If you can beat 'em, join 'em? Reagan moves from Rice to Kansas in hopes of helping turnaround

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LAWRENCE, Kansas — John Reagan has what could be the most uncomfortable job in major college football: He's the offensive coordinator at Kansas, hired by coach Charlie Weis to replace — Charlie Weis.

Weis had a chance to see what Reagan could do firsthand the past couple of seasons, when his Rice offenses helped engineer two wins over the Jayhawks. So when Weis decided after last season that he wanted to hire an offensive coordinator and spend more time overseeing the entire program, he reached out to the up-and-coming coach with the Kansas ties.

The response from Reagan? Well, call it a simple case of "if you can beat 'em, join 'em."

"From the very first phone call with Coach Weis, he said he wanted to give up control of the offense and spend his time being the head coach," Reagan said, "and he wanted me to come in and run the spread offense, and that's exactly what he's done. He's allowed me to do what we want to do."

That's why the potential for a lot of uncomfortable moments has vanished.

"He's sat back and saw things and mentioned them, and mostly philosophically. When you have a guy that's won four Super Bowl rings, you want to learn something," Reagan said. "But it is our offensive staff's offense. It's not our offensive staff with an asterisk on it."

Besides, the two offenses could not be more dissimilar.

Weis prefers to run the kind of pro-style offense that made a star of Tom Brady with the New England Patriots. He likes big quarterbacks with bigger arms who can sling the ball all over the field, preferably to a flotilla of equally big, rangy wide receivers.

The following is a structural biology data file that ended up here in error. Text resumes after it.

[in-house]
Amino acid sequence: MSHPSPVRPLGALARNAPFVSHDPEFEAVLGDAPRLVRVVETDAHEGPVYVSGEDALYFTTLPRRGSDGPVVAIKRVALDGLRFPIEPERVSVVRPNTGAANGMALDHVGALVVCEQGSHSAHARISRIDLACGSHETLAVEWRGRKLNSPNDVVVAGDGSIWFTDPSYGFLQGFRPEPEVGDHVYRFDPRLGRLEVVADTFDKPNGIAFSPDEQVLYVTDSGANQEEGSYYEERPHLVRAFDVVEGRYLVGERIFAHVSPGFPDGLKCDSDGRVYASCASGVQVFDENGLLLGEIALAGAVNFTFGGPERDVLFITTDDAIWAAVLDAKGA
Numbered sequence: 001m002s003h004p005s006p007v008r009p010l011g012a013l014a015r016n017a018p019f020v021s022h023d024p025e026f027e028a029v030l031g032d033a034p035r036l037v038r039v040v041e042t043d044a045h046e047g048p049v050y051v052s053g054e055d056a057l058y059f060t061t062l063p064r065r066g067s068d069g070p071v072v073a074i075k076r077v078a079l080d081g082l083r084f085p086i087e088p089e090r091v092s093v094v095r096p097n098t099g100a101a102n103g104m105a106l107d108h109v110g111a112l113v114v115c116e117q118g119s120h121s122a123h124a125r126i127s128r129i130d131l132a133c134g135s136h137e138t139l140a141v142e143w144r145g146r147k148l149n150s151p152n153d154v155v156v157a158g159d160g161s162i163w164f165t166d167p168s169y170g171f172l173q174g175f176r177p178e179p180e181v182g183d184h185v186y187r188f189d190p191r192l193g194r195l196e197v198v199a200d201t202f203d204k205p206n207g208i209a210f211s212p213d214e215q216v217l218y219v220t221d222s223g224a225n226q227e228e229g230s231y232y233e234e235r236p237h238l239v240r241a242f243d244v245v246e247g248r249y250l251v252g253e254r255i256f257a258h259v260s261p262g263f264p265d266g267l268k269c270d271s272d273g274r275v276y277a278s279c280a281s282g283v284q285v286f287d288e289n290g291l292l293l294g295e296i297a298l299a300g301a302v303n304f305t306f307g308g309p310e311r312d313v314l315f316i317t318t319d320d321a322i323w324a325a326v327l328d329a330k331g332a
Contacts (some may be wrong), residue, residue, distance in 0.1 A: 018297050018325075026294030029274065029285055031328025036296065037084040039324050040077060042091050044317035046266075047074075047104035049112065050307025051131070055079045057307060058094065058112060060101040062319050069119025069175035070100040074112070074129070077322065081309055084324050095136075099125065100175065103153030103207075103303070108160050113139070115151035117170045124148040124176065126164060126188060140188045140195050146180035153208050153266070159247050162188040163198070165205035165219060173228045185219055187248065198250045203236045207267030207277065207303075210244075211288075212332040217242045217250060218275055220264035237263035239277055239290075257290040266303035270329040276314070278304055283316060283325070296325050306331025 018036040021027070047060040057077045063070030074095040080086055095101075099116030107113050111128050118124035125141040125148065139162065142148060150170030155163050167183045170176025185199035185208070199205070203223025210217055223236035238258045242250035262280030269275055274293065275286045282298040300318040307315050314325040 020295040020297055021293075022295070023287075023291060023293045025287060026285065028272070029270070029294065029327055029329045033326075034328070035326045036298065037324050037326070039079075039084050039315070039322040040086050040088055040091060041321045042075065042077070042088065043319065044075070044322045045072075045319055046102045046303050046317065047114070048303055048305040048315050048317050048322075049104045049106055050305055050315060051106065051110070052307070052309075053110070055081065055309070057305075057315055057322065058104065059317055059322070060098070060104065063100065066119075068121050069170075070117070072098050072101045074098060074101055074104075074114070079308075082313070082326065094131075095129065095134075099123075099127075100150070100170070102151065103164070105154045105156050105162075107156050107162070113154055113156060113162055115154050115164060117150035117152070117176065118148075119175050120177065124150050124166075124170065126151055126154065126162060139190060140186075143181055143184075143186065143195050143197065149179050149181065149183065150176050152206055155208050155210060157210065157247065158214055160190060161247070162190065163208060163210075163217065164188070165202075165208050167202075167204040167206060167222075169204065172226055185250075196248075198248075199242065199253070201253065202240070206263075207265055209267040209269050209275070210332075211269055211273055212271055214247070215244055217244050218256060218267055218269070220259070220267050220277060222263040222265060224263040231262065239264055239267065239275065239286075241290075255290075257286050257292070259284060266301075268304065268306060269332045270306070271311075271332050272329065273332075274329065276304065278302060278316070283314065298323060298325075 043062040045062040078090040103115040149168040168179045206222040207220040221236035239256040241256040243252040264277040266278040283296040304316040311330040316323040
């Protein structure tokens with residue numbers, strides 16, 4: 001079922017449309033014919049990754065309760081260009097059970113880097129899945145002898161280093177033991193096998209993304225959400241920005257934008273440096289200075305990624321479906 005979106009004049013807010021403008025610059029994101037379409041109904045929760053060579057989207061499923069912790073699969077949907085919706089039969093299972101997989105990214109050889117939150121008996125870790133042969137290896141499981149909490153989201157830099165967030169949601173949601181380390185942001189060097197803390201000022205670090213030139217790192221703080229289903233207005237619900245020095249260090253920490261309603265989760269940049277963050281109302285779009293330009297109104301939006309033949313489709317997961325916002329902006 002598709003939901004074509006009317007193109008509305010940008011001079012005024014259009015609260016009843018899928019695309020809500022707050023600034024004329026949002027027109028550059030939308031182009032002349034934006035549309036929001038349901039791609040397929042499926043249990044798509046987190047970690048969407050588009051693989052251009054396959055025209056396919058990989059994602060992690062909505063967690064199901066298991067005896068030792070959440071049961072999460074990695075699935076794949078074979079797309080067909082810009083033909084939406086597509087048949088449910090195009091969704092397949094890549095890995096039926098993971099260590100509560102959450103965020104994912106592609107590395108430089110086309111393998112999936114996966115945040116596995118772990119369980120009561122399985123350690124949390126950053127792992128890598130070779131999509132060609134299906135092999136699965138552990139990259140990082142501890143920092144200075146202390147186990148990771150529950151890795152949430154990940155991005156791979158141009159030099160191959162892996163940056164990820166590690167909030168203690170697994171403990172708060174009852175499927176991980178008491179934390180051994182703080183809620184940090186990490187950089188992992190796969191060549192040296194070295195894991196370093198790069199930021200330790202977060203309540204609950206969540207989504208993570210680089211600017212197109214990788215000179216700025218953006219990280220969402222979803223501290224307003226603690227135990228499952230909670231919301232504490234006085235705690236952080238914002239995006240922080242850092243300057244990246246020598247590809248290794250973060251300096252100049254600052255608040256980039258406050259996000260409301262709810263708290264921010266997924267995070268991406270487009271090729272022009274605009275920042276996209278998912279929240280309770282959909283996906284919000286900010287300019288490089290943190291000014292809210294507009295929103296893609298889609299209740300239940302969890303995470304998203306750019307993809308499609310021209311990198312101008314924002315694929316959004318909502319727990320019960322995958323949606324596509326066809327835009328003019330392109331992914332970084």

The problem is finding the right personnel in the college game. There simply aren't many young quarterbacks and wide receivers with those skills or that pedigree. So the past two seasons have been a struggle for the Kansas offense, which has churned through several quarterbacks while failing to score enough in the points-a-plenty Big 12.

Reagan runs a version of the spread in which the quarterback tends to be an athlete capable of running, not only on designed plays but when things break down.

Those kinds of players tend to be a more plentiful in the college ranks, where many quarterbacks in high school run option or spread offenses. And the Jayhawks just happened to have one already on their roster in sophomore Montell Cozart, their new starter.

"What we've done now is add an extra runner with Montell," Weis said. "He fits John's scheme way better than my scheme, because in my scheme the quarterback is not a runner."

The Jayhawks certainly could use an extra runner these days. They've already lost their top two running backs, Brandon Bourbon and Taylor Cox, to season-ending injuries.

"I ran this a little bit in high school, so I'm more familiar with the spread," Cozart said. "When Coach Reagan came in, it gave me more confidence. And this offense is a lot more fun."

Reagan bounced around for years before making a name for himself with the Jayhawks under Mark Mangino. He was in charge of the running game from 2005-09, a period over which the long-suffering program had some of its best seasons and pumped out several NFL players.

He spent the past four seasons at Rice, helping lead the Owls to a Conference USA title in 2013. Last season, they had one of the nation's top running attacks.

"I feel like it is more simplified than Coach Weis's offense, and I like it a lot more," said wide receiver Tony Pierson. "Coach Weis, you have a long sentence that you really have to think about what you have on the play. This is much more simple."

The big question will be whether it's more effective. Kansas will begin to find out when it opens the season Sept. 6 against Southeast Missouri State.

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